But I’ll leave that aside for the moment. In any case, the other interesting thing about our heroine’s invisible ethanol friends that I wanted to discuss is that, when they are visible, they have very specific qualities. Here’s a good close look at them:


Besides the clear nod to both nationalism and the current World Cup hysteria — the guy in the red shirt with “KOREA” emblazoned across the front, kicking a soccer ball around — it’s worth nothing that the little cartoon men outnumber the women not only in this picture, but even more profoundly throughout the advertisement.  Compare with the image directly above this one, and you’ll see only one character who is constant: the brown-haired woman in the purple dress. (Though the soccer ball guy seems pretty constant in other scenes, and other characters recur as well.)

Repetitions or not, I propose that the woman in the purple dress is an important figure, because of her relative prominence as emerging almost first, as the unscrewer of the soju bottle — while being hoisted aloft by a whole column of guys, and so on — unlike, say, the glasses-wearing guy in the bottom left of the second-last picture, who shows up at the end of the ad but is far from prominent anywhere. Why would she be important?

Well, for one thing, makgeolli is getting popular now. Whether or not it’s true, there seems to be a widespread belief among young people I know (like, yes, my students) that the reason for this surge in popularization is that women are driving the shift, since women are (a) watching their weight and (b) prefer something with lower alcohol and a milder flavor, while (c) wanting to join in on the fun of drinking with friends more, and more often.

(I’ll add that most of the women I’ve known well didn’t drink much, or as much as men, but that I’ve known some women who could drink most guys under the table. However, even they didn’t often do so. Maybe that’s changing, or maybe it’s part of the rhetoric of whatever cryptic, nascent [let’s-not-call-it-]feminism[-though-that’s-what-the-word-for-it-would-be] that may or may not be brewing among young women. I dunno.)

Anyway, it’s crucial here that soju is being presented not just as improving a woman’s life, but also as the very thing that, by introducing it into any awkward social situation, she can gain control and reap such benefits by — simply by specifically being the one to introduce soju into each situation. (For she is the heroine of this little tale, and if you look above you will see her sitting in the middle of her group of friends, as well as between her father and her boyfriend — the perfect intermediary both spatially, as well as in social terms.) If it’s true what I’ve heard a million times before, and women are indeed socialized to make peace, to try to manage social situations and minimize tensions and so on,  then this makes perfect sense: it’s a socialized role being conflated very cleverly with a consumer role — and specifically, a consumer role from which women were traditionally less expected (or supposed) to play.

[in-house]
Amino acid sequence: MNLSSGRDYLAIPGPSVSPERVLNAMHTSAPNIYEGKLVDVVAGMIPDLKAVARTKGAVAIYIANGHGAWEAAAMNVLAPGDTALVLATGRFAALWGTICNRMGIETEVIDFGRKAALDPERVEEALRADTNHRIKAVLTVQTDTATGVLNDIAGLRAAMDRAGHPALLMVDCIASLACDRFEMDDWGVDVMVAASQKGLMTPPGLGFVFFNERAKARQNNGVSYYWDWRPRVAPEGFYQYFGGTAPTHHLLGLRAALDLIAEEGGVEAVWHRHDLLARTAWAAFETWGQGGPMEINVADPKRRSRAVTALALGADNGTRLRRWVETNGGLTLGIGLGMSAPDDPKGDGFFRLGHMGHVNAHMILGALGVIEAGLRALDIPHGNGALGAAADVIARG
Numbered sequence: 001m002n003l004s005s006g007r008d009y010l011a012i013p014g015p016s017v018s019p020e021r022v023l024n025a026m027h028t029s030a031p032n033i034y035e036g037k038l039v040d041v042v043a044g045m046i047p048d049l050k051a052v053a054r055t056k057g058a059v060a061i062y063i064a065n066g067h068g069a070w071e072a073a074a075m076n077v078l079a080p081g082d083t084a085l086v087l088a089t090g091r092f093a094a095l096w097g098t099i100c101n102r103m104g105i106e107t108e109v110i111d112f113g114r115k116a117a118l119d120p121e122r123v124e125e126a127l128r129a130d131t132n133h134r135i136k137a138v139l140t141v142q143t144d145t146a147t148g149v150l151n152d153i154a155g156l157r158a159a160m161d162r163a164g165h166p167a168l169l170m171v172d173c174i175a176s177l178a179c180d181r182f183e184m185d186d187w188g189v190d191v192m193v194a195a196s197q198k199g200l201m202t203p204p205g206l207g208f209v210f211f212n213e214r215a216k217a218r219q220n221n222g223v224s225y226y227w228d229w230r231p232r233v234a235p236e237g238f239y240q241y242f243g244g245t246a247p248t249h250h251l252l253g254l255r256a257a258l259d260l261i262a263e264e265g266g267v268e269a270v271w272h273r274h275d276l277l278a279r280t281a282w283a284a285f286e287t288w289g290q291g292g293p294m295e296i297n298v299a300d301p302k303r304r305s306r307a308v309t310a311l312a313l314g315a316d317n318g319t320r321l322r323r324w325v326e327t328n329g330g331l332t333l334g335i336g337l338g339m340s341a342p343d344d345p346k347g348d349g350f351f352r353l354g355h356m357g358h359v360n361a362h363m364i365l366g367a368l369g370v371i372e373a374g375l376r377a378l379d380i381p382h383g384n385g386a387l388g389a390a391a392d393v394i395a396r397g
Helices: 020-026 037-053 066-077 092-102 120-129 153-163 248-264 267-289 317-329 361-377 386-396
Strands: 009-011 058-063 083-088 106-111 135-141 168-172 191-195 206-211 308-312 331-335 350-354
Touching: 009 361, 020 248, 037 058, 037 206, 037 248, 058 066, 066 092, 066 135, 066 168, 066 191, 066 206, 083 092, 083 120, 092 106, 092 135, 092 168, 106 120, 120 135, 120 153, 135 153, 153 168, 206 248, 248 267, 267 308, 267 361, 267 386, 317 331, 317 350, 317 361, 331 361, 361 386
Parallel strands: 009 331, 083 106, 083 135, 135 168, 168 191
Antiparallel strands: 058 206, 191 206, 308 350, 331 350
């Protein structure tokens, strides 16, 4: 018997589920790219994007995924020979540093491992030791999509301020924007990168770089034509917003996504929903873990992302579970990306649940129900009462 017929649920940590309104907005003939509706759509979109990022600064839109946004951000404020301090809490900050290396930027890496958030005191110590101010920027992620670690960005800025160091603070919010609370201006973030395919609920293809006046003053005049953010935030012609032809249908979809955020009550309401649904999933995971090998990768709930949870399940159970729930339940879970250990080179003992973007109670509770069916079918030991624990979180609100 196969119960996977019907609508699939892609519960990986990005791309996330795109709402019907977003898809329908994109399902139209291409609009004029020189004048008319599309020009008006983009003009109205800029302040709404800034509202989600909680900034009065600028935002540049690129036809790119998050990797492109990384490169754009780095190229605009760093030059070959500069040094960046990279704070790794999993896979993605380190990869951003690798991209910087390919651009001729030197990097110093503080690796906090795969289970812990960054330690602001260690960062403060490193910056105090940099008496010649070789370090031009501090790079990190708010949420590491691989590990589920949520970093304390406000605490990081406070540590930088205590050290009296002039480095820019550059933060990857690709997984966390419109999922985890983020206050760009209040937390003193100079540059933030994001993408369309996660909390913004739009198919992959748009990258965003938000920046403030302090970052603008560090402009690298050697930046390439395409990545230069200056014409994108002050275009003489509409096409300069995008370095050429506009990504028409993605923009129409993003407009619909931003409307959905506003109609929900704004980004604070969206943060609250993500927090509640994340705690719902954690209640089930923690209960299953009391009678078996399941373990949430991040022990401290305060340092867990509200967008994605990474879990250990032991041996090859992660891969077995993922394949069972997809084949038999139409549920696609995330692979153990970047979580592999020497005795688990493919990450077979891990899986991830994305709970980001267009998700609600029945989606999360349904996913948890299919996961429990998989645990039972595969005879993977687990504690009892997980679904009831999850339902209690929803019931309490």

Lastly, and I can’t help but point this out, the cartoon characters aren’t unusual in their neoteny (which is of course the scientific way of saying they’re childlike figures): they have oversized heads, and simple facial expressions. Yes, not unusual at all — neoteny is simply a part of most cartoons by design and convention.

Yet I daresay that here, the childlikeness is very prounounced, not just in physiology: their movements are precarious — not only moving like children, but also mostly running, the way a kid who hasn’t quite figured out balance but is learning to walk just the same seems to do. There is a clear suggestion: drinking can return us to childhood. Drinking can alleviate the crappy stresses of adulthood, so that you don’t need to confront the problems that cause those stresses and make your life actually better. Drink, and be a kid again.

Which is why this ad depresses me: it seems to say, “You know, most of your life really is unbearable…” — something alarming numbers of people seem to feel here such that they act upon it — “… but instead of doing something about it, why not just dull the pain?” Religion may be popular in this nation, but through this advertisement, Jinro’s Chamiseul inadvertently lays bare its claim to the title of the real “opium of the people” to a degree bordering on the stupefying. I daren’t cite Marx further, though I believe his phrase about “illusory happiness” is quite fitting to the joys modeled in this particular advertisement.

The next installment in this series will take some time, but I will get back to it eventually, I promise.